Science is the expansion of knowledge through research, its dissemination through teaching and the organisational framework necessary for this - ultimately the entirety of the knowledge acquired in this way.

Research is the methodical search for new findings and their systematic documentation and publication in form of dissertations.

So what are science and research needed for in the national park?


This is a question we hear often. Indeed science and research make up an essential field of functions in national park work. But that alone cannot suffice as a reply. Sound science and research activities by the national park are important in many regards. On the one hand, there is still plenty to discover in the Hohe Tauern – a huge natural and cultural region with a turbulent history. On the other hand, detailed scientific fundamental data is needed for national p[ark planning – be it for natural environment management and education or visitor support and public relations.


Research is intended to support the work of the national park administration by means of the following focal points:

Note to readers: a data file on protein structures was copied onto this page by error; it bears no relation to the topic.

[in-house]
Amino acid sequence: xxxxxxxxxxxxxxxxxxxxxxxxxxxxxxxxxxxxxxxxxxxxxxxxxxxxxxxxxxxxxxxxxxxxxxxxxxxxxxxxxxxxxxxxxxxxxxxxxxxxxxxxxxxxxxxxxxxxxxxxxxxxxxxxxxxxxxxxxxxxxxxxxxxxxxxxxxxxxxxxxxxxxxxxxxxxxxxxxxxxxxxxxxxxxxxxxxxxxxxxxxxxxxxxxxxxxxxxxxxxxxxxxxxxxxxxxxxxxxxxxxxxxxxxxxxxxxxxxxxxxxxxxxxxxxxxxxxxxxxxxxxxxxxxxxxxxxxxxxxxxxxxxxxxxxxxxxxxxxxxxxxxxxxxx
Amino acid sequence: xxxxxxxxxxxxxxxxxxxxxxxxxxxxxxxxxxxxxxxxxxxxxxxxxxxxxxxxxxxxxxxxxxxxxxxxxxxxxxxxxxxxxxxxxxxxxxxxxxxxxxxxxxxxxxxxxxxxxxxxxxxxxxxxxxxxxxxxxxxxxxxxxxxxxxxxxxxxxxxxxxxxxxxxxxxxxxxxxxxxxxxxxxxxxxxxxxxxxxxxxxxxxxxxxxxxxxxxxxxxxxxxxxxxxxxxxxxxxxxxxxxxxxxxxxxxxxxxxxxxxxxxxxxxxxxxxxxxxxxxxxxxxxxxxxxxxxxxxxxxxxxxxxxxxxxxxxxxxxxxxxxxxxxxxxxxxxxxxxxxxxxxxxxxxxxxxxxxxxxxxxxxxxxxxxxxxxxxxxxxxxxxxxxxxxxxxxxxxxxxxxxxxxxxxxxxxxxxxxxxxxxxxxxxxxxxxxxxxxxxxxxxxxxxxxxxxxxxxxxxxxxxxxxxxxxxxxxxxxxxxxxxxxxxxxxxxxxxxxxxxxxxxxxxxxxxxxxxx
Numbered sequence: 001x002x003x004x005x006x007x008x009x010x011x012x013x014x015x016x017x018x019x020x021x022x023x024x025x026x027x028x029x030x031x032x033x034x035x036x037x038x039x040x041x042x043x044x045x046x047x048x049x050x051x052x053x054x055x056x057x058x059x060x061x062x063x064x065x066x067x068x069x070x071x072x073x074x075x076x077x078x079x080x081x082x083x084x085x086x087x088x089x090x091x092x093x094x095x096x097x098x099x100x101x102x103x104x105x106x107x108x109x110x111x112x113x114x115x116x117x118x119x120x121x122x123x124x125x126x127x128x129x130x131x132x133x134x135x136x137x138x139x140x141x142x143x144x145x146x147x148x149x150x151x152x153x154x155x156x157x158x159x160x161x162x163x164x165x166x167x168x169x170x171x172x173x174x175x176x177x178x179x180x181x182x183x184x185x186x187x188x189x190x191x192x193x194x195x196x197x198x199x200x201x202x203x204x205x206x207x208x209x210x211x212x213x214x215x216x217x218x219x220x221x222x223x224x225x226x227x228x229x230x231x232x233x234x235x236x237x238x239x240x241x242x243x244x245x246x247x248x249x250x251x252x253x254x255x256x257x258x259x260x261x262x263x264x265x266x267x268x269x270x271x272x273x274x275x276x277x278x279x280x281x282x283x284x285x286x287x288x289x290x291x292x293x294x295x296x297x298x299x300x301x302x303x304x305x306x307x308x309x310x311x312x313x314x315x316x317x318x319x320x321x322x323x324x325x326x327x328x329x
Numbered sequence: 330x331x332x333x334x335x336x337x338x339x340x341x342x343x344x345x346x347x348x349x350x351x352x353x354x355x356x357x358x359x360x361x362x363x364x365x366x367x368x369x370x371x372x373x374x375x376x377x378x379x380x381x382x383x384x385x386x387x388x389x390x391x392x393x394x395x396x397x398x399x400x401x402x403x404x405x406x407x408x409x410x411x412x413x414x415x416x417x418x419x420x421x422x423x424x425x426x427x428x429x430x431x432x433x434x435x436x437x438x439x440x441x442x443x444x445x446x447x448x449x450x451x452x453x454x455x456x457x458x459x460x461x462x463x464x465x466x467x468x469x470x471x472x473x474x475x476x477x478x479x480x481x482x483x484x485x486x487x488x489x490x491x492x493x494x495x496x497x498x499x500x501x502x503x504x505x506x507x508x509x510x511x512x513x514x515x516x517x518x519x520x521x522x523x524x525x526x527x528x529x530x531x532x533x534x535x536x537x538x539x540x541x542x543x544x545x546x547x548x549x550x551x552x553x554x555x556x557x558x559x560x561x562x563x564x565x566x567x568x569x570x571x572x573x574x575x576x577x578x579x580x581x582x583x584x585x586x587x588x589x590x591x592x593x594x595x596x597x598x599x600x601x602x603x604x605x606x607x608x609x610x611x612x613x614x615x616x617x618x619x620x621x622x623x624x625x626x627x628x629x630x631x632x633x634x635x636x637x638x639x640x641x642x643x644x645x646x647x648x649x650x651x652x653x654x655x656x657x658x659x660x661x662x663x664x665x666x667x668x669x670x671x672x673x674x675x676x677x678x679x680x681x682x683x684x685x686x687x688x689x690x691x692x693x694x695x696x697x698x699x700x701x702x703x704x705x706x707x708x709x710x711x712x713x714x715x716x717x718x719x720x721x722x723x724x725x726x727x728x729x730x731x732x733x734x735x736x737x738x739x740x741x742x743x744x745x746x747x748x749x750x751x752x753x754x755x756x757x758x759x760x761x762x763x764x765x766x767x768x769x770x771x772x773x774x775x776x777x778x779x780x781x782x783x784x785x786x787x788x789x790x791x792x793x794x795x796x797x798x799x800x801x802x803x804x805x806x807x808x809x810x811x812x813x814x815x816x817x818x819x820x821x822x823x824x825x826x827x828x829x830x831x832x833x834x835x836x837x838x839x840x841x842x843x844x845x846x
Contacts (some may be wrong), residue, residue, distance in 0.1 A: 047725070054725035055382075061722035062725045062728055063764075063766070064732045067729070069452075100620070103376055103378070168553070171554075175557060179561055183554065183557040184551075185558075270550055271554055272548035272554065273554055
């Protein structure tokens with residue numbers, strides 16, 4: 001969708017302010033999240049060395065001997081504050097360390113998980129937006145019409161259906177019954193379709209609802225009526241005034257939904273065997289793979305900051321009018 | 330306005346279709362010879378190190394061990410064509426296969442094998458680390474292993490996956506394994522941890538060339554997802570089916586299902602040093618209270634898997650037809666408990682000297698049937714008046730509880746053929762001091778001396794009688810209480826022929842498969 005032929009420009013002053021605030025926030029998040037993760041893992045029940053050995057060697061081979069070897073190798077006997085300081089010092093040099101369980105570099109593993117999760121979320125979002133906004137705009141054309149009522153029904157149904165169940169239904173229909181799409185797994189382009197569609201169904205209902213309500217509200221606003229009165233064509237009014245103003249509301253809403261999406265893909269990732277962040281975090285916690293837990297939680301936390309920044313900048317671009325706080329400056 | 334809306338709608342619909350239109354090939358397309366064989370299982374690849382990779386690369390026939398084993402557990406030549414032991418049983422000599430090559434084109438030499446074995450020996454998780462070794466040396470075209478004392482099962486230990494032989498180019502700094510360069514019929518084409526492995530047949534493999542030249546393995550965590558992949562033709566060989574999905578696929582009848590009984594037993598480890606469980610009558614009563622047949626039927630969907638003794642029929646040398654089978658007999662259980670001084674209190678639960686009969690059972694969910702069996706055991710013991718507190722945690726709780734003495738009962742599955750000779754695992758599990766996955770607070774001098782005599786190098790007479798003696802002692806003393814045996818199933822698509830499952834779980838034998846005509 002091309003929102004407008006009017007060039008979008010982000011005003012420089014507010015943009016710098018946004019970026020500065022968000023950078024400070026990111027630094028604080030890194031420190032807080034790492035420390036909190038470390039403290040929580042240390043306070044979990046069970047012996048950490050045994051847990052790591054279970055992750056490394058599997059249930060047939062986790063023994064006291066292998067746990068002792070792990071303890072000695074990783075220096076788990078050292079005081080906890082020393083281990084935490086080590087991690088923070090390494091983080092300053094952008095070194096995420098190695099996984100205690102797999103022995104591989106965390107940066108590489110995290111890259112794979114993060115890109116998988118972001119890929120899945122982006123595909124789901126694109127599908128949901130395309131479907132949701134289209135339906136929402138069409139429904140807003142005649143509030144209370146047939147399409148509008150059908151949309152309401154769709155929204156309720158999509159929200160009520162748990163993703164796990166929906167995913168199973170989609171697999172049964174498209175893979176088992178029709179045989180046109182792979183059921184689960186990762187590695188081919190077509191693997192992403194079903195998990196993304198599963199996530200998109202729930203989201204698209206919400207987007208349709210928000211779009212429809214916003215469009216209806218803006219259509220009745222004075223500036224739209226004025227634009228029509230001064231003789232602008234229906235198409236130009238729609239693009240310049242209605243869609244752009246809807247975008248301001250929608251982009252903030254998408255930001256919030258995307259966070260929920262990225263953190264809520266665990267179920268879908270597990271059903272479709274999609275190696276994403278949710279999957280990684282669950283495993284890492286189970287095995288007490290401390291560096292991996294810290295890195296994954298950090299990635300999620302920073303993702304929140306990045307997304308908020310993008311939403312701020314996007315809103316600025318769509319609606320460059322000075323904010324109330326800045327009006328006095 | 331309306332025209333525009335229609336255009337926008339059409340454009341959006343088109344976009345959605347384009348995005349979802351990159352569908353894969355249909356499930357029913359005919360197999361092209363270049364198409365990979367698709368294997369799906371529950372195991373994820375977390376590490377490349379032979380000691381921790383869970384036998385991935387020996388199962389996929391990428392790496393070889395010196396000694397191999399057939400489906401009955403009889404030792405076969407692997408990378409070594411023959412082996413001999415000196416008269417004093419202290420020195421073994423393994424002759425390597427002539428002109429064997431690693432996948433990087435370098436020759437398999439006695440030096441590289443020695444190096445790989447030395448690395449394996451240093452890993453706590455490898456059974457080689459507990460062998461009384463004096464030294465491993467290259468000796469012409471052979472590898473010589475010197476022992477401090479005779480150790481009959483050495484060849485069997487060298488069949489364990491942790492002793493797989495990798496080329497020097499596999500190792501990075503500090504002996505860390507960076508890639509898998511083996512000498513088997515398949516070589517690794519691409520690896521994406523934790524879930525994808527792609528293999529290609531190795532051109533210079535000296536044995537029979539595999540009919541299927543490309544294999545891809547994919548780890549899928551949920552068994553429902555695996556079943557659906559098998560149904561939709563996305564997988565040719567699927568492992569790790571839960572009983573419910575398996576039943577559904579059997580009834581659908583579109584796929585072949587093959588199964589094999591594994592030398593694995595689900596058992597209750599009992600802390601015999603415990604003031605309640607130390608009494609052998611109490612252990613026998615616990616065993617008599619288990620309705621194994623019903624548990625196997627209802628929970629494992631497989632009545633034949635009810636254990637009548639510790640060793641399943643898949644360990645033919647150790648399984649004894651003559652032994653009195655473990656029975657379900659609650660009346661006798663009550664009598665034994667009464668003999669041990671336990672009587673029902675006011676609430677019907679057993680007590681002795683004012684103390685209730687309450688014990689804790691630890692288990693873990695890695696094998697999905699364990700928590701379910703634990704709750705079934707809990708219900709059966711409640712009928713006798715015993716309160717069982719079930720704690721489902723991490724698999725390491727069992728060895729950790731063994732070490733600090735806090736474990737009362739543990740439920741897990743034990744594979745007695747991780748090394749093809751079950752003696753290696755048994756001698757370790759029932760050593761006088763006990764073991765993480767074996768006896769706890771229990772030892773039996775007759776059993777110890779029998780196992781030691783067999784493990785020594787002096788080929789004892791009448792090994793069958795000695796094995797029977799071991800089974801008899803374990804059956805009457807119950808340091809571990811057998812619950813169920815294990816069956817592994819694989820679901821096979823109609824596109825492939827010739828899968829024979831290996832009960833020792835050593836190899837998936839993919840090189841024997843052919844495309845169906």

• Completing inventory work: e.g.: representative, endangered, endemic and ecologically relevant species (biodiversity), biocoenosis, processes in nature and abiotic conditions (geodiversity).
  • Developing scientific fundamentals for the implementation of international commitments: e.g.: Natura 2000, Alpine Convention, Biodiversity Convention and the IUCN-criteria.

  • Developing and implementing long-term monitoring: Developing methods, procedures and strategies for national park relevant issues, e.g. change processes and success monitoring in natural environment management.

  • Interdisciplinary evaluations and interpretations: e.g. concerning the condition of national park protected resources, man-nature-interactions, consequences of climate change and changes in use.

  • Ensuring quality assurance: Developing criteria, instruments and measures for the entire business area of "Science and Research Coordination" of the Hohe Tauern National Park.

For this purpose, a new research concept was drawn up, which is to be implemented in stages by 2020.


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